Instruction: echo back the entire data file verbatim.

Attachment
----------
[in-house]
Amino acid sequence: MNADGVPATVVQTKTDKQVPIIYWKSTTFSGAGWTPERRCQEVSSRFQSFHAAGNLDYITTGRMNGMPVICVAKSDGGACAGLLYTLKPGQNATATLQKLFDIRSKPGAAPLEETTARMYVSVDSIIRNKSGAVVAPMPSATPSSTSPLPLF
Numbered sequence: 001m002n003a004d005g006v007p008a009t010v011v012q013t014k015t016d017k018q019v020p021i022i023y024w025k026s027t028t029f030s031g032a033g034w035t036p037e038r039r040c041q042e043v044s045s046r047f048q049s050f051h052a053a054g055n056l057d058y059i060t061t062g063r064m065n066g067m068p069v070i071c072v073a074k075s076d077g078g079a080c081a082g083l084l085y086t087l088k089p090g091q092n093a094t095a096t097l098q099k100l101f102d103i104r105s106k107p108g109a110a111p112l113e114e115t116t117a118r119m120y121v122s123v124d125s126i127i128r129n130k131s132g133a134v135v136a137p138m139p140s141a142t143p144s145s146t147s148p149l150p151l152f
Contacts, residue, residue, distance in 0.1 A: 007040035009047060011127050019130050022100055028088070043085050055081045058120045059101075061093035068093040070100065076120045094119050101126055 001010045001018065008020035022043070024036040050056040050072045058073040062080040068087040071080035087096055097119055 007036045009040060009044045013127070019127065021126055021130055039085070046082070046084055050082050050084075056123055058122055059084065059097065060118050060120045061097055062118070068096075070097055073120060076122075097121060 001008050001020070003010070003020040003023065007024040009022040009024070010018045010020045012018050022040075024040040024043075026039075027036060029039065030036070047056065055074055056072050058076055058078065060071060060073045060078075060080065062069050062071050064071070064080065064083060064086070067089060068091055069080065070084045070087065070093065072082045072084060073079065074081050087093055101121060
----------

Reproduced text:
[in-house]
Amino acid sequence: MNADGVPATVVQTKTDKQVPIIYWKSTTFSGAGWTPERRCQEVSSRFQSFHAAGNLDYITTGRMNGMPVICVAKSDGGACAGLLYTLKPGQNATATLQKLFDIRSKPGAAPLEETTARMYVSVDSIIRNKSGAVVAPMPSATPSSTSPLPLF
Numbered sequence: 001m002n003a004d005g006v007p008a009t010v011v012q013t014k015t016d017k018q019v020p021i022i023y024w025k026s027t028t029f030s031g032a033g034w035t036p037e038r039r040c041q042e043v044s045s046r047f048q049s050f051h052a053a054g055n056l057d058y059i060t061t062g063r064m065n066g067m068p069v070i071c072v073a074k075s076d077g078g079a080c081a082g083l084l085y086t087l088k089p090g091q092n093a094t095a096t097l098q099k100l101f102d103i104r105s106k107p108g109a110a111p112l113e114e115t116t117a118r119m120y121v122s123v124d125s126i127i128r129n130k131s132g133a134v135v136a137p138m139p140s141a142t143p144s145s146t147s148p149l150p151l152f
Contacts, residue, residue, distance in 0.1 A: 007040035009047060011127050019130050022100055028088070043085050055081045058120045059101075061093035068093040070100065076120045094119050101126055 001010045001018065008020035022043070024036040050056040050072045058073040062080040068087040071080035087096055097119055 007036045009040060009044045013127070019127065021126055021130055039085070046082070046084055050082050050084075056123055058122055059084065059097065060118050060120045061097055062118070068096075070097055073120060076122075097121060 001008050001020070003010070003020040003023065007024040009022040009024070010018045010020045012018050022040075024040040024043075026039075027036060029039065030036070047056065055074055056072050058076055058078065060071060060073045060078075060080065062069050062071050064071070064080065064083060064086070067089060068091055069080065070084045070087065070093065072082045072084060073079065074081050087093055101121060